As one is ushered into the technological millennium, life has become a ratrace for people in every walk of life. Not everyone shares the perspective of 65-year-old KR Vijayan — owner of a nondescript easy-to-miss wayside tea shop in Gandhi Nagar, Kochi — when it comes to travelling and living. Even though his sole income is from the shop, he has visited 17 countries so far. Vijayan says, “Some people say I am crazy. Maybe I am. But, we live only once and I believe that our entire life is a journey and the experiences that we accumulate are our only earnings from life.”
Fortunately, my parents too share immense enthusiasm for travelling and by their grace I have explored a number of places within the country. We came up with a plan to visit Meghalaya and the largest river island in the world, Majuli in Assam.
On a Friday night, we boarded a train and reached Guwahati around 9 the next morning. Once outside, we found a swarming mass of taxi drivers, calling out “Shillong… Silchar”, with much persistence.
Shillong is just a couple of hours from Guwahati and just before reaching the capital of Meghalaya, we came across the popular Umiam Lake, known as Bara Pani among local people. The turquoise hue of the water was breathtaking to behold.
The Shillong View Point was next up. It allows a bird’s eye view of the entire city and beyond through a telescope. I think we did a city tour through the telescope itself — brick by brick. Then along the way, Elephant Falls came up — clearly the magnificence of the waterfall speaks for itself.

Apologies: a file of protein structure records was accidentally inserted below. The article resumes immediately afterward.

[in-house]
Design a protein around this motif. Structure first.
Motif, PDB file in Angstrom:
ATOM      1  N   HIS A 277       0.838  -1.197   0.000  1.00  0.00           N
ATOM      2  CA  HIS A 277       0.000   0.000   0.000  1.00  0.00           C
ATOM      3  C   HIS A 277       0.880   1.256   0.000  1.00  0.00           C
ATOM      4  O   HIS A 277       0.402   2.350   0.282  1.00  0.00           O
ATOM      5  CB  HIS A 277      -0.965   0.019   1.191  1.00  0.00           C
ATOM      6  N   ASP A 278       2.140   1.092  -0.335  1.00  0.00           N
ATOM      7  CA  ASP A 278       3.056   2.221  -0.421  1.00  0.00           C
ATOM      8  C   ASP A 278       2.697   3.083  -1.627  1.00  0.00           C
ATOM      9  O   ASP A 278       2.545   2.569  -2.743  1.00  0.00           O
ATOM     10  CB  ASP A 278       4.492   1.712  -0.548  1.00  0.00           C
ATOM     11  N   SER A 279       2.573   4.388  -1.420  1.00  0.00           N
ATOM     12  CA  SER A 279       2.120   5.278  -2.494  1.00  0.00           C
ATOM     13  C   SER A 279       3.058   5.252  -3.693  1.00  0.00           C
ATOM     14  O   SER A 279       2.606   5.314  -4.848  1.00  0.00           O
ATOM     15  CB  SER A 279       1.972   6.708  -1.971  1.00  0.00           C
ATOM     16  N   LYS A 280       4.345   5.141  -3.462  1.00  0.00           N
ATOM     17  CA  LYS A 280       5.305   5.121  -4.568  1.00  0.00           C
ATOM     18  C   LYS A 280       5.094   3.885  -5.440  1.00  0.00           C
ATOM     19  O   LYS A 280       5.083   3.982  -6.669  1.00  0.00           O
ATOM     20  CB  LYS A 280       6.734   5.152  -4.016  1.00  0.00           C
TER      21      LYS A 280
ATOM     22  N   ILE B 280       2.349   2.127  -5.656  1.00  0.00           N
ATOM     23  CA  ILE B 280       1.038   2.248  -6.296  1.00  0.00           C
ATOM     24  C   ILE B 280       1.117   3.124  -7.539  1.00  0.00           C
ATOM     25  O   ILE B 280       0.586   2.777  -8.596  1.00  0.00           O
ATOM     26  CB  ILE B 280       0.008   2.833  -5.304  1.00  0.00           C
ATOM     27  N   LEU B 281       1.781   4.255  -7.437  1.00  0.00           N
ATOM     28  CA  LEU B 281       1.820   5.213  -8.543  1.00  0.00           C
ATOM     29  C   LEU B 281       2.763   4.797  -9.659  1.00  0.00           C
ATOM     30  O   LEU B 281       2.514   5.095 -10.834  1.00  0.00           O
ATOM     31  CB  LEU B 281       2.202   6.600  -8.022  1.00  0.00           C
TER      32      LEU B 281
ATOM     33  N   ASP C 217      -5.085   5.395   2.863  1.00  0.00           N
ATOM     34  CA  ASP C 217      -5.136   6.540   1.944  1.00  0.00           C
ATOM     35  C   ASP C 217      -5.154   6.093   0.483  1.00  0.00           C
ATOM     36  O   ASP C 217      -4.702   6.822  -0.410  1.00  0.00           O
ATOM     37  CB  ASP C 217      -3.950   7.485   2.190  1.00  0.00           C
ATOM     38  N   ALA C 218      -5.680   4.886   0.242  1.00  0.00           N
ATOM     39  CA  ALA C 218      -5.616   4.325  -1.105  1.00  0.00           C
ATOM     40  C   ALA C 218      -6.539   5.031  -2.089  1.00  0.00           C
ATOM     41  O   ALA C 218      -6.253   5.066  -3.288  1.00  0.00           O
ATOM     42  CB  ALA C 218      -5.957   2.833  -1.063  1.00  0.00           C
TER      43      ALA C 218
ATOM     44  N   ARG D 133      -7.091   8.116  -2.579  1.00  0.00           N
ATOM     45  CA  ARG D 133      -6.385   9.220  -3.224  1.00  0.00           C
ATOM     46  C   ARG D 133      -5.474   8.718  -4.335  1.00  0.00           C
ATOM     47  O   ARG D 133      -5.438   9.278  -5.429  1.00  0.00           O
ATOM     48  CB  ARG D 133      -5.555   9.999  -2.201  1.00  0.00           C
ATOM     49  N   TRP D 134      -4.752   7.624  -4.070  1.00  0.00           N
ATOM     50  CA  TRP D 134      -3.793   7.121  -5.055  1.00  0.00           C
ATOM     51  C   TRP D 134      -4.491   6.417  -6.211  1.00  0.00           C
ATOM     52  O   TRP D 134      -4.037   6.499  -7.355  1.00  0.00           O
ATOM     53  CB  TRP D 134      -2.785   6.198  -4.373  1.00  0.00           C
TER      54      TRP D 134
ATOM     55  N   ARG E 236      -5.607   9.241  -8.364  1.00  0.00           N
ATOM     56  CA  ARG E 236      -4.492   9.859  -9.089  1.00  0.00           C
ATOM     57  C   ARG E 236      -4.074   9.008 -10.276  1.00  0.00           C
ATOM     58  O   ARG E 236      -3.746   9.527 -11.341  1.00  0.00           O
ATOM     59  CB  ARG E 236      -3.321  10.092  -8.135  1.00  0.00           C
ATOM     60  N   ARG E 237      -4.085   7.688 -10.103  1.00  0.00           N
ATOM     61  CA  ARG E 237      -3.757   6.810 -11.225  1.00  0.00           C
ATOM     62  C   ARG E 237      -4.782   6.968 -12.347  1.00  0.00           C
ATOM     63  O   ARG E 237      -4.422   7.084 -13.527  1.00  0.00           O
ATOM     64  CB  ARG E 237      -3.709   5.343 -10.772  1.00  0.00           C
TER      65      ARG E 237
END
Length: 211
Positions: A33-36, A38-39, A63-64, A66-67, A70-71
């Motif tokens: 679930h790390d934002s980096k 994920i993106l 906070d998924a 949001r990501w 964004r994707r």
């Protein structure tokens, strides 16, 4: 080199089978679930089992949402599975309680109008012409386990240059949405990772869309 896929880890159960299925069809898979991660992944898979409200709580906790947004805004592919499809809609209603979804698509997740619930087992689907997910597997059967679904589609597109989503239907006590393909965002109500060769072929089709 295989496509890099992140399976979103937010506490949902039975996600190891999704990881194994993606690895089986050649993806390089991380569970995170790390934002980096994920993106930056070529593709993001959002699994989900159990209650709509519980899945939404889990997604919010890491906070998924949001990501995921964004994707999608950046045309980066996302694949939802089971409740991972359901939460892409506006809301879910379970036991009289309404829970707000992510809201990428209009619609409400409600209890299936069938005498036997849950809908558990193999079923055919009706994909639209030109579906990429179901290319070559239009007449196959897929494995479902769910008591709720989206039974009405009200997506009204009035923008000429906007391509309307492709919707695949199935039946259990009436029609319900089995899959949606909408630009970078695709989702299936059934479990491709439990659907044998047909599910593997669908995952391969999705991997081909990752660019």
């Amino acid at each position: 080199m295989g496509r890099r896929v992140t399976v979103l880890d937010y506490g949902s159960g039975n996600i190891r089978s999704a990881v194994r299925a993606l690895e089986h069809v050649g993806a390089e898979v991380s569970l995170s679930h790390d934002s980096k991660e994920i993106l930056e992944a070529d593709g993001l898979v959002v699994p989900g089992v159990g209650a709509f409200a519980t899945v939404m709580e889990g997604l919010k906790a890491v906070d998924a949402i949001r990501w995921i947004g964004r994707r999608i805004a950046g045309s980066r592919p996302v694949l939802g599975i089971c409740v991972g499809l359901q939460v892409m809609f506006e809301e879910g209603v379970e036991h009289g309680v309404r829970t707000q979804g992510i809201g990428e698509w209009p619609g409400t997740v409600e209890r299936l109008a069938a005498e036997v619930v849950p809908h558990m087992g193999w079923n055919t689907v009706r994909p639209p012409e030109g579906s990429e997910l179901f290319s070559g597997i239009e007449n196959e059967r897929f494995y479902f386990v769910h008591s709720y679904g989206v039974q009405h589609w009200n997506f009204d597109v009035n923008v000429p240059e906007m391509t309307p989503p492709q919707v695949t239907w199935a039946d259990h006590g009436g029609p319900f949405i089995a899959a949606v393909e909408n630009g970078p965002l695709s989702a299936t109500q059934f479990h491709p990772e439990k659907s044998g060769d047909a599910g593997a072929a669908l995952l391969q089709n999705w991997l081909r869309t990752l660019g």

Back in the city, we discovered that Ward’s Lake was a place where time flies just by gazing at the beauty of the park and row-boating in the still waters. While there, a stroll through the bustling shops of Police Bazaar is highly recommended along with sampling some of the delicious food in the area.
Next day, we left for Cherrapunji. The mountains of the North-east are widespread but gentler. It felt like an absolute surreal experience to drive through the lonely serpentine roads with the gentle slopes closing in at times and spreading out at others. The mountains were an exact example of how I had imagined the Wessex Mountains to be from the pages of Thomas Hardy’s classics.
The first spot we went to in Cherrapunji was Nohkalikai Falls — the tallest plunge waterfall in India at 1,115 feet. The plunge pool that the waterfall hits has an unusual eye-soothing greenish tinge. Another major tourist spot was the Mawsmai Caves. It was my first time in a cave and I was initially sceptical about entering it because I thought I would be walking amid dirty, damp rocks. Instead, it truly turned out to be the most adventurous part of the trip. The rocks were of a most exquisite texture, slippery to touch but absolutely dirt and dust free, much to my surprise. They might owe their cleanliness to the water trickling through the fissures and the entire path was well-lit. As we moved deeper into the cave, the rock-roof pressed us closer to the ground. Looking back, it was actually a thrilling experience to squeeze through really narrow openings and bump our heads against the protruding rocks overhead!
Thereafter we hit the road and set off for Majuli. We drove to Nimati Ghat over Kaziranga from where we were ferried to the largest river island. It’s said the island will be engulfed by the Brahmaputra in 15 years from now.
There was a striking peculiarity about life there. The only god the inhabitants believe in is Lord Krishna and one can only find ashrams devoted to Vishnu. Throughout the year people prepare for the Raas festival. I felt that other than mask-making, practicing roles for skits in the Raas or singing devotional verses, there’s not much to do there.The island stays pretty much isolated after 5 pm as the last ferry leaves at that hour.
Thus, we bid adieu to the lonesome island and with that our short journey came to an end.